CHOICE releases survey results
A new survey of 743 CHOICE members has shown food origin continues to be a very important issue for consumers.
Results show shoppers not only want to know where food is grown, they also want information on where it is manufactured.
CFA member CHOICE has submitted the new research to the Senate Inquiry into a country-of-origin labelling bill proposed by the Australian Greens, which suggests country-of-origin claims based on ingredients alone, prohibiting the ‘Made in Australia’ claim.
What do the results tell us?
The CHOICE research shows that country of origin continues to be a very important food labelling issue for consumers, second only to the actual ingredients contained in the food. However, the survey reveals a wide gap between consumers’ understanding of the current claims and their technical definitions.
The survey showed varied interpretations of three out of the four most common country-of-origin claims, with ‘Made in Australia’ the only claim which a majority of consumers interpret consistently with the definition. However, one-third still believe the claim means the ingredients are from Australia, as well as the manufacturing.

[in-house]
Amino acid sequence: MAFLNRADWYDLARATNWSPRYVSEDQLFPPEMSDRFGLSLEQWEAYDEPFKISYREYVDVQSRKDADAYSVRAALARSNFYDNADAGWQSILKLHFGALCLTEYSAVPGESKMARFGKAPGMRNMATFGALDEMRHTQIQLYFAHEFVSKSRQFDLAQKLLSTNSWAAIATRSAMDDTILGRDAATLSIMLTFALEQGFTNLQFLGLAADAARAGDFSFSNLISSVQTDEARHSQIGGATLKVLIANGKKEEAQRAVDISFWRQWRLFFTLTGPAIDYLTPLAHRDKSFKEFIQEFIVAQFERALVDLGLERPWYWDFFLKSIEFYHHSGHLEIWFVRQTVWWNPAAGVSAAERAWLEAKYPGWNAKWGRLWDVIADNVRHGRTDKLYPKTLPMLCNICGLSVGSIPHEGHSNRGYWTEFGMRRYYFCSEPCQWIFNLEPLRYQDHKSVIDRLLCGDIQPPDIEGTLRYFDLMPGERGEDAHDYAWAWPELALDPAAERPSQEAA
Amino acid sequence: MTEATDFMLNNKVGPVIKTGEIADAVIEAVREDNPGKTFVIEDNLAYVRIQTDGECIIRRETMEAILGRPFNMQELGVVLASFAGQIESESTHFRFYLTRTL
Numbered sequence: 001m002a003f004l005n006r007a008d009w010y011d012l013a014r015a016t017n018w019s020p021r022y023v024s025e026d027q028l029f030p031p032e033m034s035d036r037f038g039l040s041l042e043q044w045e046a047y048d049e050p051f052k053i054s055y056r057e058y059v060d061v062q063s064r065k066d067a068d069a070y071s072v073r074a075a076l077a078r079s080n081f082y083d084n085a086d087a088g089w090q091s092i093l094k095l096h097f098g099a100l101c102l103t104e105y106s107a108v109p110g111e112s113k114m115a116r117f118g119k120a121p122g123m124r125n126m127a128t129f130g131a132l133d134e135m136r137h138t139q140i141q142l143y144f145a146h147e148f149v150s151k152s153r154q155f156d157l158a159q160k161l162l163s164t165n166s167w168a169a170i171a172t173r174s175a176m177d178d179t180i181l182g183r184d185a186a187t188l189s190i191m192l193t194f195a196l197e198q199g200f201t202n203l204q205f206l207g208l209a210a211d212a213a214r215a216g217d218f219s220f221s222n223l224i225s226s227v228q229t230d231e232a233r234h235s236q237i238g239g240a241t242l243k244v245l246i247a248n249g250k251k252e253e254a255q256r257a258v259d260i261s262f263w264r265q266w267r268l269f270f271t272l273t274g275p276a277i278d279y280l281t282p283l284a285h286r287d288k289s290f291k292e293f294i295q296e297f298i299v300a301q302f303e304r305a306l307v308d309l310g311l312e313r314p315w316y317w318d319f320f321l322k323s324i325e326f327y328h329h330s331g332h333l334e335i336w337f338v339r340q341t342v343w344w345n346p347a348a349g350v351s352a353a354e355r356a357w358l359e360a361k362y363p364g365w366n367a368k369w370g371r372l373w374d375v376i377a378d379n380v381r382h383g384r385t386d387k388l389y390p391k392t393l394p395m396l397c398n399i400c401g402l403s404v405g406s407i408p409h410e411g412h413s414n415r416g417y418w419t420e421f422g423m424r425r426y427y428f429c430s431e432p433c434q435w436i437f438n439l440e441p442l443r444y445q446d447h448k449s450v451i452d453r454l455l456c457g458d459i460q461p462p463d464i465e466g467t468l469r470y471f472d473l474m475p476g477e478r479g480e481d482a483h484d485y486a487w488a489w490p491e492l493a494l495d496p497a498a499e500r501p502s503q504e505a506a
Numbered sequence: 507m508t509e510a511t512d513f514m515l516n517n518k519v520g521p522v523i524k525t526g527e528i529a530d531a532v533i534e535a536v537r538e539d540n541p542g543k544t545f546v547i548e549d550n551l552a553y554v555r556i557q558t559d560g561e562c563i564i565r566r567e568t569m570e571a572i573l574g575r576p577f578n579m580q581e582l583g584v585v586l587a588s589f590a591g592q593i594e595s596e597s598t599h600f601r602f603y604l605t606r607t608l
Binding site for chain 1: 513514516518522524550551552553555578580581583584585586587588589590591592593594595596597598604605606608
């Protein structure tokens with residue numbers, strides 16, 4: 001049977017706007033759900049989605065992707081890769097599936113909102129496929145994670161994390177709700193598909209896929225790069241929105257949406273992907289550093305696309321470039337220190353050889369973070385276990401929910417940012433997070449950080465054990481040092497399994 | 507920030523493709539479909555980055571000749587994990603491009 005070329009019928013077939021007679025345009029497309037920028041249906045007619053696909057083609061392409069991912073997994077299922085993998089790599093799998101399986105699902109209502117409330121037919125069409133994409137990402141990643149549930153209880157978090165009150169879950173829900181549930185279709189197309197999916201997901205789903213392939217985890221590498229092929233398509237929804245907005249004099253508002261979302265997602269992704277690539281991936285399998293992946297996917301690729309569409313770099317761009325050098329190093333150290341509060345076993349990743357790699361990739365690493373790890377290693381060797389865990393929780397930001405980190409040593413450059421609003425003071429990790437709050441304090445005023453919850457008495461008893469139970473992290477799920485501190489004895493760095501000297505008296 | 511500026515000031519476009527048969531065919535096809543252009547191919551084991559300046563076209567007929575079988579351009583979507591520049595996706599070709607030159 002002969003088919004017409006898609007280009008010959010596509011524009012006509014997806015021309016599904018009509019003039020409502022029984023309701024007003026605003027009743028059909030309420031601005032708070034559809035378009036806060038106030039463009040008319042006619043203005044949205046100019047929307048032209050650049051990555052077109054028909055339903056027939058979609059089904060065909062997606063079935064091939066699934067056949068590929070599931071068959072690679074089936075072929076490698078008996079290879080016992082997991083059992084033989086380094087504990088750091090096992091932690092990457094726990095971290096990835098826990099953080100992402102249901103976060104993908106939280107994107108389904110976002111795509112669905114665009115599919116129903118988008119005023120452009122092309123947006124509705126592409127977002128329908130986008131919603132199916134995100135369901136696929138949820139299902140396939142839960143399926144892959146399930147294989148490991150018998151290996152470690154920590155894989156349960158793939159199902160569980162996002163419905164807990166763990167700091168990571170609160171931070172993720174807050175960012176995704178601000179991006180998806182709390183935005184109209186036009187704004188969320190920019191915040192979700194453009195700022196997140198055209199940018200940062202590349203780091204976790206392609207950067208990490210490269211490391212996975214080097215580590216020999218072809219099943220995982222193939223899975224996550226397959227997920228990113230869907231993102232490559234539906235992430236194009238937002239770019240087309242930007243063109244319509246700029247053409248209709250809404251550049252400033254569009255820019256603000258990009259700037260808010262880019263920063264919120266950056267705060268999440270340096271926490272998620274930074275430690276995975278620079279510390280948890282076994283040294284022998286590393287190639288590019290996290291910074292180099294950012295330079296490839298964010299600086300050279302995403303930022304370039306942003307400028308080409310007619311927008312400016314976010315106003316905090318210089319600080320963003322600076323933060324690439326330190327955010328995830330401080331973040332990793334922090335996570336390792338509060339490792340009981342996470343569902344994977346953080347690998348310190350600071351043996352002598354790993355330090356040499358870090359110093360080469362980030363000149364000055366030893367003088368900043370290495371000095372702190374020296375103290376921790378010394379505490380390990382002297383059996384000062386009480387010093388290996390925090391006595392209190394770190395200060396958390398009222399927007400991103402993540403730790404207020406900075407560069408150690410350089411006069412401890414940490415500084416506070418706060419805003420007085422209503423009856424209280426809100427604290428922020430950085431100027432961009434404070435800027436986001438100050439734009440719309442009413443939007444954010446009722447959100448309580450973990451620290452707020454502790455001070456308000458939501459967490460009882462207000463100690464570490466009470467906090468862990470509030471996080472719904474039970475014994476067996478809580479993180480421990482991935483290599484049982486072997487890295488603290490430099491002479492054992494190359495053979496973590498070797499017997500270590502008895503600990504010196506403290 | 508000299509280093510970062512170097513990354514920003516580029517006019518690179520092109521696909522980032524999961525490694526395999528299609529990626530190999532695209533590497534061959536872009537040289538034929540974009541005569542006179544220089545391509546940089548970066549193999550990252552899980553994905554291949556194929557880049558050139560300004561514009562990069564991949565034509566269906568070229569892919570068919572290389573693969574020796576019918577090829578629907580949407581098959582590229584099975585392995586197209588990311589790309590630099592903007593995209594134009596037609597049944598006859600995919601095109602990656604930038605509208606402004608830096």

The results reflect the message CHOICE consistently hears from consumers – that country of origin labelling is confusing. This is consistent with CHOICE’s call for the terminology to be simplified. We welcome the Greens’ initiative in this area.
However, we believe that the proposal to wipe out claims about where food is manufactured would take away information valued by many consumers. According to CHOICE’s survey findings, the importance of knowing where food is manufactured is almost on a par with knowing where it is grown in the minds of consumers:
- 84% of respondents said it was crucial or very important to be able to confidently identify if food was grown in Australia; while
- 80% said it was crucial or very important to be able to confidently identify if food was manufactured in Australia.
What CHOICE wants
In our submission to the Senate Inquiry, CHOICE recommends the ‘Made in Australia’ claim be retained based on consumer expectations, but suggests that the word ‘manufactured’ may more clearly indicate that the country claimed is the source of manufacturing rather than ingredients. CHOICE also suggests ways the current country of origin labelling framework could be simplified, for example by prohibiting the ‘Made in Australia from local and imported ingredients’ type claim that consumers tell us they find vague and frustrating.
CHOICE will continue to advocate for the confusion around country of origin labelling to be cleared up.